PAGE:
I read a very interesting article in the December edition of BBC Wildlife about long-eared owls.  This beautiful species of owl, distinguished by it long ear tufts and orange eyes, is a truly nocturnal hunter and spends the daylight hours roosting in hedgerows and pine trees.  In this country, long-eared owls are comparatively rare with probably only about 3,500 breeding pairs but in Serbia this owl is extremely common with massive roosts of hundreds of birds.  Long-eared owls feed on small rodents and, as rodenticides are not commonly used in Serbia, so food is not a problem.  The article also suggests that this species of owl is partial to blue tits as well.  In 1968, I discovered a long-eared owl roost in the gorse bushes at Martlesham Heath long before the former airfield was developed into a housing estate.  Eight birds roosted during the daytime in the tangled, aged branches of gorse, quite close to the former Barrack Square.  This was of course a winter roost, but one spring I also found long-eared owls nesting in an old crow’s nest in a pine tree.  You can imagine my surprise when I discovered a pair of orange eyes glaring at me from a pile of heaped twigs.

I have noticed that during the past year hobbies were rarely seen on my patch.  In previous years young were raised and there were at least three pairs of this beautiful falcon nesting in the area between Ipswich and Woodbridge.  Not so last year.  However, common buzzards are on the increase.  Could there be a connection here?  It has been suggested that with the increase in buzzards, red kites and goshawks, those smaller birds of prey (hobby and kestrel in particular) have decreased. I know goshawks will take almost anything, but the theory is that maybe in areas in which the other two larger birds of prey inhabit, hobbies and kestrels prefer to avoid due to the competition for available food.  I have no proof of this but I found no hobby nests in 2018.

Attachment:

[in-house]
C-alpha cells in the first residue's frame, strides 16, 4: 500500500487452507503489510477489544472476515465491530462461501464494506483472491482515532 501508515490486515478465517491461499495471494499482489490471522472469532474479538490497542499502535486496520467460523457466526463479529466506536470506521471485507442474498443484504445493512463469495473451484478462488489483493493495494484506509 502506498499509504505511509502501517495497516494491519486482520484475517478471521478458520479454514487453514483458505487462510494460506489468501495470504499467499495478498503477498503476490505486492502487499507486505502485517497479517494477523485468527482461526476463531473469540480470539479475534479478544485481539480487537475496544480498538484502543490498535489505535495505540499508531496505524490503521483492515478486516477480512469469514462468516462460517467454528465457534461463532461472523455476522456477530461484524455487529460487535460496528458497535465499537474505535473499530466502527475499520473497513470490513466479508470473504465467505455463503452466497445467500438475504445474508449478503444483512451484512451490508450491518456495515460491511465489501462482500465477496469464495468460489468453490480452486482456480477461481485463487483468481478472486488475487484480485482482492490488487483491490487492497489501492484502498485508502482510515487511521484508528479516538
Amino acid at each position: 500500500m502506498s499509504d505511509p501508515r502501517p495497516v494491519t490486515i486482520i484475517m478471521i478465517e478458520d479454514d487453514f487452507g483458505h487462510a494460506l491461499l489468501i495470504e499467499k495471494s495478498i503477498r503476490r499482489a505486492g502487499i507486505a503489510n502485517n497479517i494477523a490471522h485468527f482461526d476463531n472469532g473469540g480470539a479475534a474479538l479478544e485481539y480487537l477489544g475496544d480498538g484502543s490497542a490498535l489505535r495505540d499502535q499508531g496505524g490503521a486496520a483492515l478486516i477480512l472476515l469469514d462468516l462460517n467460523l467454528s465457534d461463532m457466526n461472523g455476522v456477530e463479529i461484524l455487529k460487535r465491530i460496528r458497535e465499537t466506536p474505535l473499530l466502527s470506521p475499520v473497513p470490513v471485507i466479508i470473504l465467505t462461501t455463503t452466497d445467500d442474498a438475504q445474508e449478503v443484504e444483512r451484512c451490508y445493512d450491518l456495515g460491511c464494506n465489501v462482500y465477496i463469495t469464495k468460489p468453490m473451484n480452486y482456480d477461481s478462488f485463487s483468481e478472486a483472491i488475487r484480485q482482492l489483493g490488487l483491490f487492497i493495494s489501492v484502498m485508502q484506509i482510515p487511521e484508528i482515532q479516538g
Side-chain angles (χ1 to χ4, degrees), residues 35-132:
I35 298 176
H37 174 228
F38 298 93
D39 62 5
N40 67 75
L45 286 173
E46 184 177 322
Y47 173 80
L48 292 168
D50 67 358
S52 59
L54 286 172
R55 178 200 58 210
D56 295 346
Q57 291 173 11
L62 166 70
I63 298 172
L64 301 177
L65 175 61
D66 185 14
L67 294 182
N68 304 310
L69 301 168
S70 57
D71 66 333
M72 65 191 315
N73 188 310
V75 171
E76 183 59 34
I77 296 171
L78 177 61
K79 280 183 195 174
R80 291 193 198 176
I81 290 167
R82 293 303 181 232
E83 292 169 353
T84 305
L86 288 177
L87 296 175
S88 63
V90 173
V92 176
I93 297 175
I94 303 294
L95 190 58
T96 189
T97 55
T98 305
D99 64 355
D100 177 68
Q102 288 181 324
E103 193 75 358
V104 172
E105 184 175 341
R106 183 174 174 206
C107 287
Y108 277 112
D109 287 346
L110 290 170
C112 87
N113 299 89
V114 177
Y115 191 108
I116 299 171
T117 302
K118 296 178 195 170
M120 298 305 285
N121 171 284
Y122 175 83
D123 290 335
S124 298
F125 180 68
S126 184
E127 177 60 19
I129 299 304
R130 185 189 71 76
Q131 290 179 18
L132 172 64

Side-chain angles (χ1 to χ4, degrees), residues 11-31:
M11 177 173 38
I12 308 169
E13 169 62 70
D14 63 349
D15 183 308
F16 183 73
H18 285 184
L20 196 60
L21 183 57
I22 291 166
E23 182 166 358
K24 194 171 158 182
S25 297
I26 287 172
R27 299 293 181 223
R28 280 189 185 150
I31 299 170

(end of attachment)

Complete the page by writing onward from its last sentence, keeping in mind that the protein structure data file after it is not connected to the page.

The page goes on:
I have just received my copy of Suffolk Birds 2017.  This superb record of the birds, both common and rare, found during 2017 is published by the Suffolk Naturalists Society and compiled by the Suffolk Ornithologists Group.  The editor is Nick Mason but the man who ran his beady eye over this systematic list is my friend, Philip Murphy.  Therefore this publication could not fail to be good.  In fact, I would go so far as to say that this book is the best of its kind in the country.  As well as excellent reporting of individual species, a check-list of birds seen and the ringing of birds for the year, it is highlighted by what I can only describe as superb drawings and artwork.  A copy can be obtained from the Ipswich Museum at the moderate cost of £10. 

Incidentally, it is proposed that the Suffolk Ornithologists Group should change its name to The Suffolk Bird Group so as to encourage the interest of younger people since the word ‘ornithologist’ is not in common use nowadays.  I am in favour of this change but we will see!  Also the SOG is conducting a Rook Survey during this year to determine the status of this corvid in Suffolk and compare it to the first survey completed 40 years ago.  As with the previous survey, the county will be divided into squares and rooks’ nests, easy to see before the leaves appear on the trees, will be counted.  It will be interesting to see how this iconic crow is faring and if modern farming methods/land use have had any effect on it.